While most of our work here tracks threats to the vote this election season, we also want to highlight the work that community groups are doing to increase voter participation. California recently passed a same-day voter-registration law; if signed by Governor Jerry Brown, it will be one of only nine states that makes voting easier.
Meanwhile, one organization in South LA is looking for ways to get people of color to not only register, but to become habitual voters that make decisions beyond the big ticket. People in the area—which is 40 percent black and 60 percent Latino—are disproportionately impacted by the Golden State’s “three strikes law” and the death penalty. This November, they could help reform those laws by voting on ballot propositions.
Meet Maegan E. Ortiz. She publishes VivirLatino.com, and attended an event this weekend held by a local group to empower local residents to recognize the strength of their vote.
South LA Moves to Make the Occasional Regular
A few hundred people gathered at Martin Luther King Jr. Park in South Los Angeles on Saturday, for a late summer music festival put together by the Community Coalition. The local nonprofit social justice organization, in partnership with SEIU United Long-Term Care Workers, SEIU Local 99 and others, created an event appealing to multiple generations in order to engage the occasional voter.
Marqueece Harris-Dawson, president and CEO of Community Coalition, defined the occasional voter as someone who is young and generally votes in the big election, like the 2008 presidential election, because of its historic nature. Harris-Dawson said the the South LA Summer Power Festival was “a first, feel good step” and the organization’s real work comes afterwards, in terms of seeing how many of those occasional voters go to the polls come November.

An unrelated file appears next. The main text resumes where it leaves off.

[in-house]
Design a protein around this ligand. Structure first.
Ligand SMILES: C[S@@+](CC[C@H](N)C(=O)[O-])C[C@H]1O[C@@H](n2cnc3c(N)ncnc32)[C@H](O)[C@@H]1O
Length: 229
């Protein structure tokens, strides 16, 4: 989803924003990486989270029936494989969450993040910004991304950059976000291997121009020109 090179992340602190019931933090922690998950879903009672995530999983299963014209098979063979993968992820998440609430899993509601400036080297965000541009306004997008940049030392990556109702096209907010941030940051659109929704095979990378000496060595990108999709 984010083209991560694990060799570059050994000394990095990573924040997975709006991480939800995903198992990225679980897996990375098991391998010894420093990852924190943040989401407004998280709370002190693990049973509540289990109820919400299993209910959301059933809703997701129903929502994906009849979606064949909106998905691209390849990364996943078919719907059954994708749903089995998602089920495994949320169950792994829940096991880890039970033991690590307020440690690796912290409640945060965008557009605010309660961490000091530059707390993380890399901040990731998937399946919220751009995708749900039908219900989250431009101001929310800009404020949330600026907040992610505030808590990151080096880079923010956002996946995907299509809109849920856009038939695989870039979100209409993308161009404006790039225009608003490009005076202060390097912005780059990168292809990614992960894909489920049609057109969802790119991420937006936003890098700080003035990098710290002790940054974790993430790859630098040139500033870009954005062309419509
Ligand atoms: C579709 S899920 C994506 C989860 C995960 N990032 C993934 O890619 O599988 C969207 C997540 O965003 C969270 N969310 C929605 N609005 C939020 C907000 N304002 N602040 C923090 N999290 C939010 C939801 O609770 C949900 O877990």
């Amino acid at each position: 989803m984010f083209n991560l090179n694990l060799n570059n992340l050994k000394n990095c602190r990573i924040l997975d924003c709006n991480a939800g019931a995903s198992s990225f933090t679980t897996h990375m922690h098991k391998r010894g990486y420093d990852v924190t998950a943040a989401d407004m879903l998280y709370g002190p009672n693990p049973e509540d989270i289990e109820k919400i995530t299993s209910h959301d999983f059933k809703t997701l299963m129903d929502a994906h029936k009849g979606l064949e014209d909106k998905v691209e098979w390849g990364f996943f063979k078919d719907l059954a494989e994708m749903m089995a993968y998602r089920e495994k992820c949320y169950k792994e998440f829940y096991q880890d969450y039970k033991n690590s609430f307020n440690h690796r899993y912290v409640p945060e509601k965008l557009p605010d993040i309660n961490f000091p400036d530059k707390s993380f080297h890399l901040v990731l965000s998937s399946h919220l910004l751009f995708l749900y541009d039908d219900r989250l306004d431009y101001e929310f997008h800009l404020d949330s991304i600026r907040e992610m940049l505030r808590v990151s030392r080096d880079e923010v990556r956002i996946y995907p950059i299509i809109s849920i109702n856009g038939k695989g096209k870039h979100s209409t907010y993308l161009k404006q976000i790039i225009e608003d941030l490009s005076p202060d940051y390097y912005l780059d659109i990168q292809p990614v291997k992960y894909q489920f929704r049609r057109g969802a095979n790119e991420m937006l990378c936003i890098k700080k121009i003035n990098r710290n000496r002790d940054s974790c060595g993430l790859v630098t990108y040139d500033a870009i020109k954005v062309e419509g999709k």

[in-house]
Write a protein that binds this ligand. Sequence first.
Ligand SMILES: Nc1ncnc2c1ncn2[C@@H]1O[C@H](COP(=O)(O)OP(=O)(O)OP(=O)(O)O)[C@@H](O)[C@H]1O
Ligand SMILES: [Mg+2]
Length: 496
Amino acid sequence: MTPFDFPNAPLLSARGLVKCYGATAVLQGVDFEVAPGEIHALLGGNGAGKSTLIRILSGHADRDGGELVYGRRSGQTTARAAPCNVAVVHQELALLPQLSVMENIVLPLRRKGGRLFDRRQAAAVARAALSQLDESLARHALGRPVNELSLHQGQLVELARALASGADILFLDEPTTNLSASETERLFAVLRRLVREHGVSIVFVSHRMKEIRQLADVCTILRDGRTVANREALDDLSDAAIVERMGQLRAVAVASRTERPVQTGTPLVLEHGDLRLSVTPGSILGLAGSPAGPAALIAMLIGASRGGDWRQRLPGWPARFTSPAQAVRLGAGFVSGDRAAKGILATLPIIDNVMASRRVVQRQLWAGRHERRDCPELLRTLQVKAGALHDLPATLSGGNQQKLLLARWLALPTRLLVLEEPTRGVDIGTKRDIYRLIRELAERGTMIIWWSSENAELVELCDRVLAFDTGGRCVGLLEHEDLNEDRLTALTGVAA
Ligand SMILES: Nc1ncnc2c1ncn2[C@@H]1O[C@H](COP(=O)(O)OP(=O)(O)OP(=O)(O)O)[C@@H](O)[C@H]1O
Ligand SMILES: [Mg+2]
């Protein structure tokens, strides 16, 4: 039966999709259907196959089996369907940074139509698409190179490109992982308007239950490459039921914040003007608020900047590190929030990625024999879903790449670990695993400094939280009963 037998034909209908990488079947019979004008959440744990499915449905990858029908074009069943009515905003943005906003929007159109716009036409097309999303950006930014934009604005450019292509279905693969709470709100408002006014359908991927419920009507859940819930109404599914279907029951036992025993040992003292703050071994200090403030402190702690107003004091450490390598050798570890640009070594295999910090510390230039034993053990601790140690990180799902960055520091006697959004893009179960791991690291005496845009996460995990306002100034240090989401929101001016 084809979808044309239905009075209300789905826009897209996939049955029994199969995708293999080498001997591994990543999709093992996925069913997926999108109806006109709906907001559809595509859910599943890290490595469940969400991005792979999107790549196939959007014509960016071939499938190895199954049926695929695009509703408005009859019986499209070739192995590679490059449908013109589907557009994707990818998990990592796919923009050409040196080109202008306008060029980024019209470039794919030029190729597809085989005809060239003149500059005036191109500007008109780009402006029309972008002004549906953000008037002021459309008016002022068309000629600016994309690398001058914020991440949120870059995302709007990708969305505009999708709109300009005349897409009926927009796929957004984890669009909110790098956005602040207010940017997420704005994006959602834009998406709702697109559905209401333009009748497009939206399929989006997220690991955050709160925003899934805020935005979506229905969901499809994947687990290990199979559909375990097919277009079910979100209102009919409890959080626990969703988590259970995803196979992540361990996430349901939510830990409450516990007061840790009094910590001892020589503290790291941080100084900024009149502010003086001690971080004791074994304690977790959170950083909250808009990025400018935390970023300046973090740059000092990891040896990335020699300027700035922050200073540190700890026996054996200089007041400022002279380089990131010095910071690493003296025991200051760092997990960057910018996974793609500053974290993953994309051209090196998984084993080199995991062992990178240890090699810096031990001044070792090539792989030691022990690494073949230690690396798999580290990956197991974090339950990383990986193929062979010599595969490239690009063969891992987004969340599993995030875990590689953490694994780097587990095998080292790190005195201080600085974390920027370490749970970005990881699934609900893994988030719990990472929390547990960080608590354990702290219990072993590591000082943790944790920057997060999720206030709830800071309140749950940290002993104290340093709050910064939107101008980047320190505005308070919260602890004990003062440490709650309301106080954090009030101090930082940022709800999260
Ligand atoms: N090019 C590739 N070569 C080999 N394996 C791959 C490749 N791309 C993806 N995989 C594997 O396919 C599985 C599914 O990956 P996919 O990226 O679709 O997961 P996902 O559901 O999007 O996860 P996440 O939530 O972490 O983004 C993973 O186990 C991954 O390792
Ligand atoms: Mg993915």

The South LA Summer Power Festival at King Park used a multi-generational and multi-ethnic approach to engaging the community. While adults participated in workshops on topics ranging from deferred action to earthquake preparedness, children played sports, got balloon animals or beaded necklaces. Health services included free HIV tests—and the soundstage featured Jasiri X, who rapped to an engaged audience about justice for Trayvon Martin. Free food filled bellies, while booths with information about all of the California ballot initiatives filled minds.
A host of key state propositions could have a significant impact on the lives of working families and communities like South Los Angeles. Proposition 36 would reform the “three strikes” law, reserving life sentences for only when the third felony conviction is serious or violent. Proposition 34, meanwhile, would end California’s death penalty and replace it with life imprisonment without the possibility of parole. In a state where three of every four men in prison are non-white and 36 percent of inmates on death row are black, these propositions could change the lives of South LA residents—where the local population is 40 percent black and 60 percent Latino.
Yet more than four in ten voters in California are new or occasional voters, and most of them are Latino or African-American. Not only do these occasional voters generally visit the polls only during major elections but they often do not complete the entire ballot. According to Harris-Dawson, a lack of accessible information about state propositions means that the occasional voter will only vote for the big ticket, like the presidential candidate, while leaving the rest of the ballot blank.
Back at King Park, a multiracial group danced to cumbia music. The Turn Up Your Power tent housed discussions over California Proposition 38, which would increase personal income tax rates for most Californians on a sliding scale, with higher income earners paying more in order to fund school districts and early educational programs. Community Coalition’s Jung Hee Choi explained that all the issues come down to fiscal reform—making sure that South LA residents get their fair share. Marqueece Harris-Dawson wanted people to come for fun and stay for the political education. Participants seemed to be coming for both.
—Maegan E. Ortiz